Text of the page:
The Golden Bough A study of magic and religion
Page: 487Evidence of this primitive belief is furnished by a class of folk-tales of which the Norse story of “The giant who had no heart in his body” is perhaps the best-known example. Stories of this kind are widely diffused over the world, and from their number and the variety of incident and of details in which the leading idea is embodied, we may infer that the conception of an external soul is one which has had a powerful hold on the minds of men at an early stage of history. For folk-tales are a faithful reflection of the world as it appeared to the primitive mind; and we may be sure that any idea which commonly occurs in them, however absurd it may seem to us, must once have been an ordinary article of belief. This assurance, so far as it concerns the supposed power of disengaging the soul from the body for a longer or shorter time, is amply corroborated by a comparison of the folk-tales in question with the actual beliefs and practices of savages. To this we shall return after some specimens of the tales have been given. The specimens will be selected with a view of illustrating both the characteristic features and the wide diffusion of this class of tales.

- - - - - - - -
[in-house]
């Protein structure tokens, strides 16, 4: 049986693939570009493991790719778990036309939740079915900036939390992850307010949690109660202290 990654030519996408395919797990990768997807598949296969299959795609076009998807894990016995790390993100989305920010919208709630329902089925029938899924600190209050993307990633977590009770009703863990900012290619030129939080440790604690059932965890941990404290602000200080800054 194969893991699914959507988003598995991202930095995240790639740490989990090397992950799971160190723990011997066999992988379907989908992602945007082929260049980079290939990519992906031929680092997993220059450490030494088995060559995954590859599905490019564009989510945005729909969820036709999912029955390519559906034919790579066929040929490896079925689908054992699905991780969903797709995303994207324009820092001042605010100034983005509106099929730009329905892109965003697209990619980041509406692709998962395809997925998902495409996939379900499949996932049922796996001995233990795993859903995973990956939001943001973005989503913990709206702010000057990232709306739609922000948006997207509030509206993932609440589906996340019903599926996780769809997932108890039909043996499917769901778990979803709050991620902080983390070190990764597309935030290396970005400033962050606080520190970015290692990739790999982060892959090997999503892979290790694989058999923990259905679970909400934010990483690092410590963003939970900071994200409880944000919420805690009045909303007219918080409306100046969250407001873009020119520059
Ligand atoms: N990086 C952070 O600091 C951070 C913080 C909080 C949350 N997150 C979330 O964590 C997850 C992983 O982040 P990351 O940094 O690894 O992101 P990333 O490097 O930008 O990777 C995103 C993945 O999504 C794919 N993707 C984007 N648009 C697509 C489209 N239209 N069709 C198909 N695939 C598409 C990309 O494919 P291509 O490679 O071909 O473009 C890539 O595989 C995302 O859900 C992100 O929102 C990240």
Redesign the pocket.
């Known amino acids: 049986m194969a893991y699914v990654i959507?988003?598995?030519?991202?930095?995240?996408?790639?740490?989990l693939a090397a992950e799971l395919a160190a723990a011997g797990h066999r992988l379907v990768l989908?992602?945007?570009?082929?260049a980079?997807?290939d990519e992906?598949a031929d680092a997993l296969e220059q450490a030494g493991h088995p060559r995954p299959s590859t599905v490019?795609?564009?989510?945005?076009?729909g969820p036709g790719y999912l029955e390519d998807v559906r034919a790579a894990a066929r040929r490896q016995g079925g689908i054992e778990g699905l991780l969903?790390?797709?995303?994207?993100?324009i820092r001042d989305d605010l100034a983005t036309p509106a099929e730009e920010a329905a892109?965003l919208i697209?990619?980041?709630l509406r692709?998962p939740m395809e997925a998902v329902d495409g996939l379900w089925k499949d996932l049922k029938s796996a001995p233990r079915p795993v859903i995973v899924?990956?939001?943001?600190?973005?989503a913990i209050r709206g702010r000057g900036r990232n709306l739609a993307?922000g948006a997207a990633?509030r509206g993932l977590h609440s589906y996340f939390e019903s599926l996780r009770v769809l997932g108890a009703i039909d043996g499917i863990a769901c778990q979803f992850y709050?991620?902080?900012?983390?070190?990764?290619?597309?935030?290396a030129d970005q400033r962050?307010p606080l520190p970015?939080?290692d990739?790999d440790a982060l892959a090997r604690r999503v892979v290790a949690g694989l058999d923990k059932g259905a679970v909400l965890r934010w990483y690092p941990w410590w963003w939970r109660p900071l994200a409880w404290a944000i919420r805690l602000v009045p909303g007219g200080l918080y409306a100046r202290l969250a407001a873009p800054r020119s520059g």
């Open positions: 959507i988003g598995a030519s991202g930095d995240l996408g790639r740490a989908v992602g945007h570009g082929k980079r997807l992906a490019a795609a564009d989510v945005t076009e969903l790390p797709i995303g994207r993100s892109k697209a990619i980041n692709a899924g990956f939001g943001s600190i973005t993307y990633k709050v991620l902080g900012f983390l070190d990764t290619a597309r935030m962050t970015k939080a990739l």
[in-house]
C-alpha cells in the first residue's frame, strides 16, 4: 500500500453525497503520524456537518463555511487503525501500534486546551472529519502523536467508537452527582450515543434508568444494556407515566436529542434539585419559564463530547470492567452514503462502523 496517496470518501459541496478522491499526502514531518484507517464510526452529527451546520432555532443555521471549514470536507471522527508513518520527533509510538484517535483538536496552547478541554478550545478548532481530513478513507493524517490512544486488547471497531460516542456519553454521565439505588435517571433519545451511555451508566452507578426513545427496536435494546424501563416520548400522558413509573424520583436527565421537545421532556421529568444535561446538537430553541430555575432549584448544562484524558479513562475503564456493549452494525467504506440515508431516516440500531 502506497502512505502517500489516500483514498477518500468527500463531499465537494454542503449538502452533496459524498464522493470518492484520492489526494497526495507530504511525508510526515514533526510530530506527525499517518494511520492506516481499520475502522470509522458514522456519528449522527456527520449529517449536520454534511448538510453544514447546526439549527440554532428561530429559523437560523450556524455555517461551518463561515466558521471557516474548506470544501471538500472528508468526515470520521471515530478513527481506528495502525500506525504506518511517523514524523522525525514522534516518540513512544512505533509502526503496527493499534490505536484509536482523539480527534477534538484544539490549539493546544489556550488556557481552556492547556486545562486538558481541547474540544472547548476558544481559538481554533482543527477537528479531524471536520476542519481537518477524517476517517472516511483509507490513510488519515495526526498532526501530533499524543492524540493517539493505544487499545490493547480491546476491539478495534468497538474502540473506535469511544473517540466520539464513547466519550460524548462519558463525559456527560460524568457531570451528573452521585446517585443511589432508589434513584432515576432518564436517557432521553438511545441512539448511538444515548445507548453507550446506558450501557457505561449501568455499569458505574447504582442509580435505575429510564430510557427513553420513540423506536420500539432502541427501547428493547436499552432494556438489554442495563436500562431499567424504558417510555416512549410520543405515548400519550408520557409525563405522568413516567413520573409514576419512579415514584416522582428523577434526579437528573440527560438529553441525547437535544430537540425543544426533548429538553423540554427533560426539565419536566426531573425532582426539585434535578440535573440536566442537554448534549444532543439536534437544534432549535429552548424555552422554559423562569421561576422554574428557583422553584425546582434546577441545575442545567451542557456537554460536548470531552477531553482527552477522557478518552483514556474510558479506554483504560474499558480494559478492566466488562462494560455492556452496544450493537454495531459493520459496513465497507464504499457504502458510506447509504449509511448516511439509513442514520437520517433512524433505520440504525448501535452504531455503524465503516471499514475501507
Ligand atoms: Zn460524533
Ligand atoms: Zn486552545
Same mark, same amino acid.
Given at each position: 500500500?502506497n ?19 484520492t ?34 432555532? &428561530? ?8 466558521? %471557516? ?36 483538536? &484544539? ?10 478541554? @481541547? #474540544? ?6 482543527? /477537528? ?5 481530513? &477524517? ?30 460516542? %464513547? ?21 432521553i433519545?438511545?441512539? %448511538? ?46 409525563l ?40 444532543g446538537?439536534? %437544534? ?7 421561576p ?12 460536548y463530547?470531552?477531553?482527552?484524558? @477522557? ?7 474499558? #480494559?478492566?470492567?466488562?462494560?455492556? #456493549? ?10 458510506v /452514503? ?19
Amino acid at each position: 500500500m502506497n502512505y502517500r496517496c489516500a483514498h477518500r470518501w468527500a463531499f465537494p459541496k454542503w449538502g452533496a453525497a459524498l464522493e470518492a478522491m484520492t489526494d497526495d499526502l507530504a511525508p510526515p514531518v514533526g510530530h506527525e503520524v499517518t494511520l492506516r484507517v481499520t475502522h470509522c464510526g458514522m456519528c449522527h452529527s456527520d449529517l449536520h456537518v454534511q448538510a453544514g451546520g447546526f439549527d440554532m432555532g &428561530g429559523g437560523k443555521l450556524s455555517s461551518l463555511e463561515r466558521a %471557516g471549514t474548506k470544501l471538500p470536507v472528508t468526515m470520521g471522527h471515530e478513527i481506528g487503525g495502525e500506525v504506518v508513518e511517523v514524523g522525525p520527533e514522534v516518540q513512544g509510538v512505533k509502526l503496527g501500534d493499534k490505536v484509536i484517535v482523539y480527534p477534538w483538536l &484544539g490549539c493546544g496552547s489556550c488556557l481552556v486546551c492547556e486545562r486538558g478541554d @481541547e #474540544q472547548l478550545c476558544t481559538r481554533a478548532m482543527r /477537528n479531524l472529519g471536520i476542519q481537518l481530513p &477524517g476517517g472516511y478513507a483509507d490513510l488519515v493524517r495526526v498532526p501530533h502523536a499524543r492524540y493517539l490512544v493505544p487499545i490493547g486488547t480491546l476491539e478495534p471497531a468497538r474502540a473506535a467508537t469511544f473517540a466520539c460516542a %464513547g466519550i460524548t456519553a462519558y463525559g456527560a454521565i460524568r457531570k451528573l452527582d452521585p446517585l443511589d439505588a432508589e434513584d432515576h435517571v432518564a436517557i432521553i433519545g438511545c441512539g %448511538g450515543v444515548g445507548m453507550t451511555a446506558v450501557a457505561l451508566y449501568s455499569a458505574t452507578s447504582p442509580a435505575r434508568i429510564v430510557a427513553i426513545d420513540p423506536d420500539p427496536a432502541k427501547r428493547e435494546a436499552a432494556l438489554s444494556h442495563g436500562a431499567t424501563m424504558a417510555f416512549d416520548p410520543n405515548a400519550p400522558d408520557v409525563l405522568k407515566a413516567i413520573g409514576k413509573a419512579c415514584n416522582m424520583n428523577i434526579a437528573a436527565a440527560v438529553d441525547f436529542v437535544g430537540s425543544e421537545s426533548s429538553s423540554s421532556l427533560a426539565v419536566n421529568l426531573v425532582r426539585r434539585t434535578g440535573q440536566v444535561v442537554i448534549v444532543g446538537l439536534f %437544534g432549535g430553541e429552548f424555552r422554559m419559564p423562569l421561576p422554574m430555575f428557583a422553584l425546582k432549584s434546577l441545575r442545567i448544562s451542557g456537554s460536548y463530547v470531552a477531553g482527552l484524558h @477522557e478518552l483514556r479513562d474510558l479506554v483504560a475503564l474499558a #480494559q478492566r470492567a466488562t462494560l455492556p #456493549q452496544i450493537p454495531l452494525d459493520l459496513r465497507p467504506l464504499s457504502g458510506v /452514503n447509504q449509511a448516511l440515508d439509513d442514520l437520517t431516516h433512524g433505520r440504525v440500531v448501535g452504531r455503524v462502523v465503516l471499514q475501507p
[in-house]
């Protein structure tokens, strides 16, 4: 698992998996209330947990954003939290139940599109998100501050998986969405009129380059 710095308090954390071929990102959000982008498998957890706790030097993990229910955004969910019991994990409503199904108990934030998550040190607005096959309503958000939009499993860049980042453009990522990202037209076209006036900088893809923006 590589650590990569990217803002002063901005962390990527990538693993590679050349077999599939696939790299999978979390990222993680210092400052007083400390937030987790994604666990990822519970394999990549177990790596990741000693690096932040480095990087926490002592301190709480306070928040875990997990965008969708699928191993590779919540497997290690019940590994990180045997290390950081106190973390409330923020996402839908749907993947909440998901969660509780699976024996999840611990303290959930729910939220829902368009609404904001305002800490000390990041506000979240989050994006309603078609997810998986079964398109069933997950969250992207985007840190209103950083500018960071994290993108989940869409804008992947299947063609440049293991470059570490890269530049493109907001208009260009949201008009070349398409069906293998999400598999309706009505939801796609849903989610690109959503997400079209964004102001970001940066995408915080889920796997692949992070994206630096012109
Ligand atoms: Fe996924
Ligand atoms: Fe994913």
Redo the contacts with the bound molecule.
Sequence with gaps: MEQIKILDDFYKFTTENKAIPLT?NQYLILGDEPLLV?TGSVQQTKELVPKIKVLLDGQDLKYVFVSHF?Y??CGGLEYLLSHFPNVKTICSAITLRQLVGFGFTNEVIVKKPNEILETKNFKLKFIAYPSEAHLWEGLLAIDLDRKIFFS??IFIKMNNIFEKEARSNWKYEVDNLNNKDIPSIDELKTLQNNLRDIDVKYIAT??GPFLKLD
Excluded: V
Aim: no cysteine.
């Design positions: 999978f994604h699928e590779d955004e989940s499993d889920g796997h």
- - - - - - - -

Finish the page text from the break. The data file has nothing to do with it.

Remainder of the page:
In the first place, the story of the external soul is told, in various forms, by all Aryan peoples from Hindoostan to the Hebrides. A very common form of it is this: A warlock, giant, or other fairyland being is invulnerable and immortal because he keeps his soul hidden far away in some secret place; but a fair princess, whom he holds enthralled in his enchanted castle, wiles his secret from him and reveals it to the hero, who seeks out the warlock’s soul, heart, life, or death (as it is variously called), and by destroying it, simultaneously kills the warlock. Thus a Hindoo story tells how a magician called Punchkin held a queen captive for twelve years, and would fain marry her, but she would not have him. At last the queen’s son came to rescue her, and the two plotted together to kill Punchkin. So the queen spoke the magician fair, and pretended that she had at last made up her mind to marry him. “And do tell me,” she said, “are you quite immortal? Can death never touch you? And are you too great an enchanter ever to feel human suffering?” “It is true,” he said, “that I am not as others. Far, far away, hundreds of thousands of miles from this, there lies a desolate country covered with thick jungle. In the midst of the jungle grows a circle of palm trees, and in the centre of the circle stand six chattees full of water, piled one above another: below the sixth chattee is a small cage, which contains a little green parrot;—on the life of the parrot depends my life;—and if the parrot is killed I must die. It is, however,” he added, “impossible that the parrot should sustain any injury, both on account of the inaccessibility of the country, and because, by my appointment, many thousand genii surround the palm trees, and kill all who approach the place.” But the queen’s young son overcame all difficulties, and got possession of the parrot. He brought it to the door of the magician’s palace, and began playing with it. Punchkin, the magician, saw him, and, coming out, tried to persuade the boy to give him the parrot. “Give me my parrot!” cried Punchkin. Then the boy took hold of the parrot and tore off one of his wings; and as he did so the magician’s right arm fell off. Punchkin then stretched out his left arm, crying, “Give me my parrot!” The prince pulled off the parrot’s second wing, and the magician’s left arm tumbled off. “Give me my parrot!” cried he, and fell on his knees. The prince pulled off the parrot’s right leg, the magician’s right leg fell off; the prince pulled off the parrot’s left leg, down fell the magician’s left. Nothing remained of him except the trunk and the head; but still he rolled his eyes, and cried, “Give me my parrot!” “Take your parrot, then,” cried the boy; and with that he wrung the bird’s neck, and threw it at the magician; and, as he did so, Punchkin’s head twisted round, and, with a fearful groan, he died! In another Hindoo tale an ogre is asked by his daughter, “Papa, where do you keep your soul?” “Sixteen miles away from this place,” he said, “is a tree. Round the tree are tigers, and bears, and scorpions, and snakes; on the top of the tree is a very great fat snake; on his head is a little cage; in the cage is a bird; and my soul is in that bird.” The end of the ogre is like that of the magician in the previous tale. As the bird’s wings and legs are torn off, the ogre’s arms and legs drop off; and when its neck is wrung he falls down dead. In a Bengalee story it is said that all the ogres dwell in Ceylon, and that all their lives are in a single lemon. A boy cuts the lemon in pieces, and all the ogres die.